I met a Midwesterner the other day that lives in Perth, Scotland. He met a Scottish girl, fell in love and moved there to be with her (sounds familiar) and he works in the thoroughbred horse business. During our brief conversation he made a very telling remark about the Irish people when he posed this question:
“The Irish are the only people I know that when they get into money, the first thing they do is get into horses. Why do you think that is?”
I rolled this around in the noggin for a moment and the first thing that came to mind went back to our English-Overlordship. I don’t usually blame the English for Irish problems, if anything, I think they’ve shaped us into the amazing people we are today.
So off I went with my answer “I’d say that land and horses are still deeply rooted in the Irish psyche as symbols of power and wealth, just as it used to be viewed as ‘being English’ if you planted a lot of trees on your property and we always aspire to be what oppressed us.” He took my reply with a grain or two of salt and went back to his dinner.
However, this conversation got me thinking about my own family, ‘cause these days my Dad and new Mom are mad into horses. They’ve built stables, an outdoor arena and have something like seven or eight horses running around the place. That in turn made me think about my sister's horse Bob she had when she was a teenager, then that nugget of a memory pushed the old mind back to when we were kids and we had a donkey called Eh-aw.
I’m not sure where we got Eh-aw from, but I know I couldn’t have been much more than three or four years old when we got her and she lived on Mick O’Donnell’s land with an old horse called Dusty. Mick O’Donnell’s land backed up to my aunt and uncle's, but his was all fenced in and was about 30 acres of some of the most amazing land you could imagine. We called it ‘the mountain’ but it was more than that, it had a view of the other mountain Slieve League, a hypnotic monolith of vast geologic proportions, you could literally stare at that giant rock for hours on end, clouds wisping over the peak and squinting at little dots as people climbed over the horizon of it’s peak.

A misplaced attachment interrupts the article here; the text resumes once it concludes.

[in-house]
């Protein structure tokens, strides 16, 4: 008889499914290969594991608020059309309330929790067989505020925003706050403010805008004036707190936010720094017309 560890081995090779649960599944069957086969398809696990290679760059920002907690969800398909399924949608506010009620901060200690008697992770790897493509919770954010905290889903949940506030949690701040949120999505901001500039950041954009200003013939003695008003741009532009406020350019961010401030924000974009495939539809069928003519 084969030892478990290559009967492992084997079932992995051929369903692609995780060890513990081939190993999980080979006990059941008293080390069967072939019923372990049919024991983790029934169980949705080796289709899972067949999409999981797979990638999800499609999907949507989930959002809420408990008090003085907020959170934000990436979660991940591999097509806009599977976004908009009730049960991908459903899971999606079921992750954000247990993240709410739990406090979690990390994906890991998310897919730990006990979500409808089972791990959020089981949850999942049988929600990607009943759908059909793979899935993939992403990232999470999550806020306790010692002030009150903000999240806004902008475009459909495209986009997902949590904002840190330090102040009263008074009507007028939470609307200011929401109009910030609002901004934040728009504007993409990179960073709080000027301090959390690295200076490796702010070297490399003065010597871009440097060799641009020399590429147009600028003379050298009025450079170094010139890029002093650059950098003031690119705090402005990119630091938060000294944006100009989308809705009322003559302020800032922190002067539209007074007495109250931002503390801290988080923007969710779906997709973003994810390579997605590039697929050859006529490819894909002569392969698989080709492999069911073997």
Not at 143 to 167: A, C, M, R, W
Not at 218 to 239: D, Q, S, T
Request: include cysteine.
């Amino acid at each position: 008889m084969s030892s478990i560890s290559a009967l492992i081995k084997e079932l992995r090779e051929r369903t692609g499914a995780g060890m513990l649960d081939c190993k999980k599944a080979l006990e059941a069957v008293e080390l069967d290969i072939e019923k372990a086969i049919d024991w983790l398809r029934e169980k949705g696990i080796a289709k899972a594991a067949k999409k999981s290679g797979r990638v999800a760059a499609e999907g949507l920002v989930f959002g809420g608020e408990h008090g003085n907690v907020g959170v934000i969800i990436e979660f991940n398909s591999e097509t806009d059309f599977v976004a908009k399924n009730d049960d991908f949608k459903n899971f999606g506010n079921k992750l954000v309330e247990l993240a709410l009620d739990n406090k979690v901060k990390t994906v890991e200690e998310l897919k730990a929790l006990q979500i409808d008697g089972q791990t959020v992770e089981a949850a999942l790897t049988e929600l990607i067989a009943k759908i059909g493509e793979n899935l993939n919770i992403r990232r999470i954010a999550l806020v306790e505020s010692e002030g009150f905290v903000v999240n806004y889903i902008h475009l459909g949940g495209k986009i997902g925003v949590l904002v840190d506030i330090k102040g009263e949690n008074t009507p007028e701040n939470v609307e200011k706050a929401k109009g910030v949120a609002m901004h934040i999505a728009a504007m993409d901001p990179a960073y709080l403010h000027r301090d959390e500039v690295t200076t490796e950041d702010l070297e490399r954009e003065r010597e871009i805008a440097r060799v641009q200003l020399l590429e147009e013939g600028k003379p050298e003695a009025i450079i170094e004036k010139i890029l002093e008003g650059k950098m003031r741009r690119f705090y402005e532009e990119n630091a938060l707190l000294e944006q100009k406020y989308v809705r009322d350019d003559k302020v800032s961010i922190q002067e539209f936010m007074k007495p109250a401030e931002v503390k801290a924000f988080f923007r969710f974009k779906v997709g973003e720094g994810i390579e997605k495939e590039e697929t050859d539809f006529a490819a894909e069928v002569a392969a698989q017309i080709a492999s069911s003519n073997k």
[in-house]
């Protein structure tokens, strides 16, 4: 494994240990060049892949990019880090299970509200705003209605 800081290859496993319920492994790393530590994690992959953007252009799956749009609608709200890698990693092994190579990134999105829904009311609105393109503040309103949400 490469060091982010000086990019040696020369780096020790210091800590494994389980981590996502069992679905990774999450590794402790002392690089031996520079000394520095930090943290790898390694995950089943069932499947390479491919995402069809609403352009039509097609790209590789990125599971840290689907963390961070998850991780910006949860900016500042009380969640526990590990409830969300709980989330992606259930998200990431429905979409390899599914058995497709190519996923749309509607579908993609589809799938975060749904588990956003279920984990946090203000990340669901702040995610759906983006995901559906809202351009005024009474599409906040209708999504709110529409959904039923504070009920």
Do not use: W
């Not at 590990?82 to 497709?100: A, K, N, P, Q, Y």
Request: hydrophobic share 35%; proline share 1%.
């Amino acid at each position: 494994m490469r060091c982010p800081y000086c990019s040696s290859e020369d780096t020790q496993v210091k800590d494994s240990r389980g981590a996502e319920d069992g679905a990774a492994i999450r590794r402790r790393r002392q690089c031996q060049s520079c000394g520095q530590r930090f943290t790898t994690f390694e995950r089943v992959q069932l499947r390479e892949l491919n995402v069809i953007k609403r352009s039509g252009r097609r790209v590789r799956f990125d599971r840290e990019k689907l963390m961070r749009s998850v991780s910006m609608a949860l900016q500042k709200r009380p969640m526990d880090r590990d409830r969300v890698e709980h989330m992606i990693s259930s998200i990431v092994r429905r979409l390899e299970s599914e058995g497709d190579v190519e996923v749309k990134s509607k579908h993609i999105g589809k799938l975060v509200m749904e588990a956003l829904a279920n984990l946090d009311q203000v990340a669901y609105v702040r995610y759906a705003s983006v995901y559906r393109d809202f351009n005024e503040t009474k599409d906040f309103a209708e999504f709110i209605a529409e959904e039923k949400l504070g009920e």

Eh-aw and Dusty’s paradise also came right up to the edge of the estuary of the Salmon Leap river. When the tide was out we’d walk down there in our wellies, digging for razor fish, picking mussels off the rocks, checking the old abandoned oyster bed for a small harvest and turning over a kelp covered rock to tackle a scuttling crab. All the time keeping a weary eye out for the returning tide and often a stray goat or sheep wouldn’t be so lucky and get trapped out on one of the tiny islands of grass and they could only pray to the farm gods that it wasn’t a spring tide and they’d be safe till the tide receded.
When we went up to see Eh-aw and Dusty we’d walk on our side of the fence and call out to them and it usually didn’t take long for one of them to pop their big head up over a hilltop. They knew we’d have some apples or potato peels for them. Eh-aw would could come right up to the fence and sometimes she’d let us feed her from a flattened palm, but Dusty would always hold back and wait for us to leave before he came up to the fence to nibble the peel off the barbed wire.
Eh-aw and Dusty had become the most unusual odd couple. She was a little grey jenny, not much to look at, but friendly and welcoming with her braying speech. Dusty on the other hand was beautiful, the color of deep rust with a long flowing mane, standing about 15 hands high he towered over his partner. But he had become feral like a mustang or more appropriately a wild Connemara pony, and you only approached him at your own risk. We entered their field with trepidation and as we did the two animals paired up together and kept us within eye contact, but always thirty or forty feet away. You could tell that Eh-aw wanted to come closer to us and have us stroke her, but she played the role of a good wife and attended her husband’s will.
Within their realm there was a Celtic ring fort and us young boys would go over there and pretend to be Cuchullin and the Red Branch knights or Finn McCool and the Fianna, defending the fort against invaders coming up from the estuary, usually Vikings, Germans or English, our enemies of choice when we were the same age as our shoe size. Air raids were a bitch to defend, but the sequoia-like ferns provided plenty of cover.
Eh-aw and Dusty would look down on us shooting invisible bullets and throwing invisible spears, and we would incorporate them into our imaginary games by assigning them the role of Indians coming to attack our fort held by brave cowboys. Bang, bang.
So, all this gets me thinking back to the original question of wealth and horses. As children a donkey worth five bucks and a Celtic ring fort made us feel like the last of the high kings of Ireland, a priceless sense of completeness. You can throw money at houses, cars, stocks, women, even drugs and alcohol, but there is something primal, innate in the sense of ownership one has in possessing and just knowing that that semi-wild donkey was mine, was enough.
When the Celtic Tiger economy made Ireland a rich wee Island, people rushed out to buy their Five Dollar Donkey no matter the cost, so they could feel the tangibility of wealth that no amount of zeros on a bank stub can reproduce. And the ironic part is that the poorest sub-class/culture in Ireland: The Travelers have always kept horses and donkeys. So by my thinking we all aspire to be rich English landlords, but really we’re just a bunch of Knackers!